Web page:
And what explains them starting their own labels is that today it is easier to do so. Thanks to YouTube, anyone sitting at any corner of the world can publish their own music (and become famous, as proven by the rising number of YouTube stars). “In earlier days, the music label business was a very complicated business, because there is a lot of distribution involved like making a cassette and selling it,” says Tarsame Mittal, who heads TM Talent Management, and whose clients include Arijit, Trivedi and Bhardwaj. “But since it is all digital now, you can put your content on YouTube directly. There are services that help you distribute your music on the streaming platforms, which you can do it from your home.”
It also says something about the Hindi film music industry today and the little creative freedom it allows composers, singers and lyricists. Music companies like T-Series and Zee Music call the shots—to the extent that they can decide who should sing a particular track. There is also a new working system that favours multiple composers instead of one, a format that most established composers don’t agree with. This has resulted in less and less work for them. (Trivedi had only one album this year, in Gunjan Saxena: The Kargil Girl, unless you count the song-less Bulbbul, and Salim-Sulaiman haven’t been actively composing for Hindi films for a while).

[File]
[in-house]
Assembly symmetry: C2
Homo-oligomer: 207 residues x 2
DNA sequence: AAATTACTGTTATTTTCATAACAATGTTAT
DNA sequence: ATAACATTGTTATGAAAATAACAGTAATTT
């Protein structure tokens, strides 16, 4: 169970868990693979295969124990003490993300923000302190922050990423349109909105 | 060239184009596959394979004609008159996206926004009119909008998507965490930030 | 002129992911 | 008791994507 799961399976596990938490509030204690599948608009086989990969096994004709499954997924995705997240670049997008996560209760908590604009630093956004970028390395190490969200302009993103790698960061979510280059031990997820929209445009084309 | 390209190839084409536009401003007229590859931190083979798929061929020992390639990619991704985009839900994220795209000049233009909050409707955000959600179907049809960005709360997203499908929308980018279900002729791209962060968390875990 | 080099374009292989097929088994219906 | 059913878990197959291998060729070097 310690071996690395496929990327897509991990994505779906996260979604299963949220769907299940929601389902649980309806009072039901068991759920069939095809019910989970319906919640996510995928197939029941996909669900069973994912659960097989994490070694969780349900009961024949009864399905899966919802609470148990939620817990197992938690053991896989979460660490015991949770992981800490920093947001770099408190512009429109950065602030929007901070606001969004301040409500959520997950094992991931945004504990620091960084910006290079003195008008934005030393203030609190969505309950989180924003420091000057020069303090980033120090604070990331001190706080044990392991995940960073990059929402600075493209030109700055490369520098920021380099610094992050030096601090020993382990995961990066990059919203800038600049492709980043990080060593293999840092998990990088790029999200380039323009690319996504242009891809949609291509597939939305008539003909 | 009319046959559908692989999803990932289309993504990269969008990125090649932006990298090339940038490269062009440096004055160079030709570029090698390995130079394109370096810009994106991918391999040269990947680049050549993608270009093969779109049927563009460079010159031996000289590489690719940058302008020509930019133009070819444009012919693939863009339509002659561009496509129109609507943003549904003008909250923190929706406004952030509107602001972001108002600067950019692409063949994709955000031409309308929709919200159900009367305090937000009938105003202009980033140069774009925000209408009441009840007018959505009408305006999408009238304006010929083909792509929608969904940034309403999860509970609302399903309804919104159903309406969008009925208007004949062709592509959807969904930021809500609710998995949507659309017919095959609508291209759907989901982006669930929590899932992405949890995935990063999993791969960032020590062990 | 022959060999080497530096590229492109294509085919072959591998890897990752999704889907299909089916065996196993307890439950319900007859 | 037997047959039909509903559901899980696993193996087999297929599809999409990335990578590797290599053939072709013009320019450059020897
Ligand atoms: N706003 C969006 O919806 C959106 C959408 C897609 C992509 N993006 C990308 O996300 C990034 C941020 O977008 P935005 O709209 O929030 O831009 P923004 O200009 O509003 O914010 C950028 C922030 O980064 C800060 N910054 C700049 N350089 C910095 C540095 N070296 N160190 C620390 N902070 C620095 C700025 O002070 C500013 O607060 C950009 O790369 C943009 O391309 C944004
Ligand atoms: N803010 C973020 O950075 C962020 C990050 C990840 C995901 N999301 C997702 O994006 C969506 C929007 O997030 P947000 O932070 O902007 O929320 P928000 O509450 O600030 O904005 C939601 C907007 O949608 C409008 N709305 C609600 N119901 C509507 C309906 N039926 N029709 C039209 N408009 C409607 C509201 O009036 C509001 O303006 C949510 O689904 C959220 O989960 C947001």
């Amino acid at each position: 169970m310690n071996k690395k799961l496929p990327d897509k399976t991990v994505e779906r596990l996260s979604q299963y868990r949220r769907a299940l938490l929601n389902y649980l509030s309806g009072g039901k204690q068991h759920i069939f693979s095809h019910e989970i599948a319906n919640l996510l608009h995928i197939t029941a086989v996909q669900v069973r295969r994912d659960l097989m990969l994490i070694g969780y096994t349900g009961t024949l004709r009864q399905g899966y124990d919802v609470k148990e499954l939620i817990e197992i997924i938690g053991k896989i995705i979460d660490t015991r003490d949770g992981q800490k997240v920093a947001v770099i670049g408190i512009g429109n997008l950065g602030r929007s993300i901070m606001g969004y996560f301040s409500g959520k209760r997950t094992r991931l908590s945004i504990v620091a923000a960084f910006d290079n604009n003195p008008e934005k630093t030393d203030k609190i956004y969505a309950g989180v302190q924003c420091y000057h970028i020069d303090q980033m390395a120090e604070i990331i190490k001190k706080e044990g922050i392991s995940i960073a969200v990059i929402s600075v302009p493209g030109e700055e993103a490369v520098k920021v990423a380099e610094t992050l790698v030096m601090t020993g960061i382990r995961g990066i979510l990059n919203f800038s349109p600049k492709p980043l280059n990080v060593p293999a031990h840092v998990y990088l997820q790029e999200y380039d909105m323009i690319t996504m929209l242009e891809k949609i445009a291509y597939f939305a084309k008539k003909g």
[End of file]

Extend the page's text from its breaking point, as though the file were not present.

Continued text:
Owning your own work is another reason why starting your own label makes sense. “I don’t have to buy my music from another person”, says Trivedi
If composers felt Hindi film music was restrictive 5 years ago, it has gotten much worse in 2020. “Doing music independently has always been a liberating kind of a feeling. When we did Coke Studio, in 2013, we really enjoyed that… The barriers in film music also started getting bigger. We never liked this whole multiple composers thing and then the remix phase started,” says Salim.